IMRT: Intensity-Modulated Radiotherapy

    About the Treatment

    In IMRT computer-controlled linear accelerators are used to deliver precise radiation doses to specific areas. Treatment is planned by using 3-D computed tomography (CT) or magnetic resonance (MRI) images of the patient along with computerised dosage calculations to determine the dose intensity pattern that will conform to the tumour r shape. Thus, combinations of multiple intensity-modulated fields coming from different beam directions produce a custom tailored radiation dose that maximises tumour dose & prevents damage to the adjacent normal tissues.
    IMRT takes longer treatment time along with additional planning and safety checks. Radiation Therapy, including Intensity-Modulated Radiotherapy, stops cancer cells from dividing and growing, therefore slowing/ stopping tumour growth and also eliminating them


    • Prostate cancers
    • Head and neck cancer
    • Cancer of central nervous system
    • Rare cases of breast, thyroid, lung, gastrointestinal & gynaecologic malignancies
    • Certain types of sarcomas
    • Paediatric malignancies

  • Patient's medical history is evaluated by physician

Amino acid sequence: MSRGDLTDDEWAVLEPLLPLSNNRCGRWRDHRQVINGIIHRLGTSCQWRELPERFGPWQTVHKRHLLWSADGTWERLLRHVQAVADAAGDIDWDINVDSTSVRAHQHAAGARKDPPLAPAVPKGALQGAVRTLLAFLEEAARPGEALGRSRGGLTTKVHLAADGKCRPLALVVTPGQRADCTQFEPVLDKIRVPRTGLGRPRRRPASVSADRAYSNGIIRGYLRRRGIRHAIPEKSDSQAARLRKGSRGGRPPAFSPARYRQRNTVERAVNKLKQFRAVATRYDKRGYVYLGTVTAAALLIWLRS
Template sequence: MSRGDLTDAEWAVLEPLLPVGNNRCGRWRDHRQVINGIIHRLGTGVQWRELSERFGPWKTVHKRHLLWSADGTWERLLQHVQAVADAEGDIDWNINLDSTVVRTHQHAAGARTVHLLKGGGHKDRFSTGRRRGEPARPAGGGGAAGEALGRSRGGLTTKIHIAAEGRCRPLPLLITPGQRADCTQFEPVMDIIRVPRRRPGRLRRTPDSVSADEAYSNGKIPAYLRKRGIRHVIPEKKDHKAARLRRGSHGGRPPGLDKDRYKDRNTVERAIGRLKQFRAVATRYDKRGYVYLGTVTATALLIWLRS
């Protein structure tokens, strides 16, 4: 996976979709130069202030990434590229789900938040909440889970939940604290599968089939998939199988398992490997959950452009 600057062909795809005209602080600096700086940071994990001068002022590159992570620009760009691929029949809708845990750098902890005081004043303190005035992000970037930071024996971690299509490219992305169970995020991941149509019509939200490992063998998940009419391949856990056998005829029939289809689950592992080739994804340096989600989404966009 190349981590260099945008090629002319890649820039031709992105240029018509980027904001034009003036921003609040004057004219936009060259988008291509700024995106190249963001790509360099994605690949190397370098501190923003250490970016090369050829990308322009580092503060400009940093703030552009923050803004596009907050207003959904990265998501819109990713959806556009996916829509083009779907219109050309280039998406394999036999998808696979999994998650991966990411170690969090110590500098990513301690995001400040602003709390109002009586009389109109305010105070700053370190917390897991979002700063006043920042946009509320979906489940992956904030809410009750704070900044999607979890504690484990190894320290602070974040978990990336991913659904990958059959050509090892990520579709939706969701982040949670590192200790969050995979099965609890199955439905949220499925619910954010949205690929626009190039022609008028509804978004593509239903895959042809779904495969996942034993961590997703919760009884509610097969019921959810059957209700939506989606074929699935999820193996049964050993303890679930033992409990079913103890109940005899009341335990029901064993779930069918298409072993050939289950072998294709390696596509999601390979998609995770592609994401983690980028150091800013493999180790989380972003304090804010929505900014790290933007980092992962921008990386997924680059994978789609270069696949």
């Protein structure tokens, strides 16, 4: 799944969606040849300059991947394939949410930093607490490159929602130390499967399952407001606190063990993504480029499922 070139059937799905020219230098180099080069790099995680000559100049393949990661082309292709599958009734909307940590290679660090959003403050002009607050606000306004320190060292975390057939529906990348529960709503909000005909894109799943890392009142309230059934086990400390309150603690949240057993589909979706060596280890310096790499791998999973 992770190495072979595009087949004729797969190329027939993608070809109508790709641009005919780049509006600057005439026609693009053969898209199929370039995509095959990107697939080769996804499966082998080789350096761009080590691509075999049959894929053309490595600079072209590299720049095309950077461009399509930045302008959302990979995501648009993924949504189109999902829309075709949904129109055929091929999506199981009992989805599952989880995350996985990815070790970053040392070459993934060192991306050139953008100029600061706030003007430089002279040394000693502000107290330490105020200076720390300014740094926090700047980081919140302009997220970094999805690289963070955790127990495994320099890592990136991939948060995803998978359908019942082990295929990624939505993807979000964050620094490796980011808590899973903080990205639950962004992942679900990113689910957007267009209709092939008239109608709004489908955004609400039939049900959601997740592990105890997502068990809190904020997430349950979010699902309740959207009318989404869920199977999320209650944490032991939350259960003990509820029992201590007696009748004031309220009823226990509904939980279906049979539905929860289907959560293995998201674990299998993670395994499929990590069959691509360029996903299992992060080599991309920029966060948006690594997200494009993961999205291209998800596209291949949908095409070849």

• Any allergies should be informed.
  • A CT scan is done.
  • If the patient is breastfeeding or might be pregnant, the doctor must be notified.
  • Occasionally, MRI & PET Scan is used for IMRT planning
  • You may require MRI or PET scans
  • Depending on the procedure some of the bowel or bladder preparations are essential
  • The treatment team carefully plans the treatment using the scan images.
  • Advanced computerised dose calculations are used to find the dose strength pattern that best matches the tumour shape.
  • Proper skin marking of the area to be treated is done
  • To keep the treatment area still, moulds and masks are used
  • After this final treatment plan is decided.

  • Multiple treatment sessions are required for IMRT
  • An Informed Consent Form is filled
  • Patient is positioned correctly & moulds are placed accordingly
  • The scanner part of the machine takes a scan before each treatment session.
  • The patient may be asked to hold breath or take shallow breaths during the treatment.
  • The process may take 15 – 30 minutes

  • No specific post-operative care is needed.
  • The patient may require medications to overcome the side effects of radiation therapy.

  • Tiredness or fatigue
  • Skin problems
  • Hair loss in the treatment area
  • Swallowing, eating and digestion problems
  • Diarrhoea
  • Nausea and vomiting
  • Headaches
  • Soreness and swelling in the treatment area
  • Urinary and bladder changes
  • Brain changes
  • Spinal cord changes
  • Lung changes
  • Kidney changes
  • Colon and rectal changes
  • Infertility
  • Joint changes
  • Lymphedema
  • Secondary cancer

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